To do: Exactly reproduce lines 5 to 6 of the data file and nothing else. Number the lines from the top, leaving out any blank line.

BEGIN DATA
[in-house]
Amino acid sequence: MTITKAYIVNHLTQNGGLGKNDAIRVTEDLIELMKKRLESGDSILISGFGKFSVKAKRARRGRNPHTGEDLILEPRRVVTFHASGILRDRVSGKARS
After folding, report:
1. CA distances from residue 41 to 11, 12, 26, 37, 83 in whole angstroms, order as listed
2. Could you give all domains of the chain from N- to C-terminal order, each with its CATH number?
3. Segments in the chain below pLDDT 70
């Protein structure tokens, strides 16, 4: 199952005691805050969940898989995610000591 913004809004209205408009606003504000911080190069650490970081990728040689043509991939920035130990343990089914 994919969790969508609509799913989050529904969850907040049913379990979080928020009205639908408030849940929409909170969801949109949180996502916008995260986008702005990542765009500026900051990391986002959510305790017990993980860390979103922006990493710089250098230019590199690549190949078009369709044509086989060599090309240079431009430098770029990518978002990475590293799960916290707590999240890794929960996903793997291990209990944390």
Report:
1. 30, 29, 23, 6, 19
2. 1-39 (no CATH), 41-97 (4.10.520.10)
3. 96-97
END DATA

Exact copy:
2. Could you give all domains of the chain from N- to C-terminal order, each with its CATH number?
3. Segments in the chain below pLDDT 70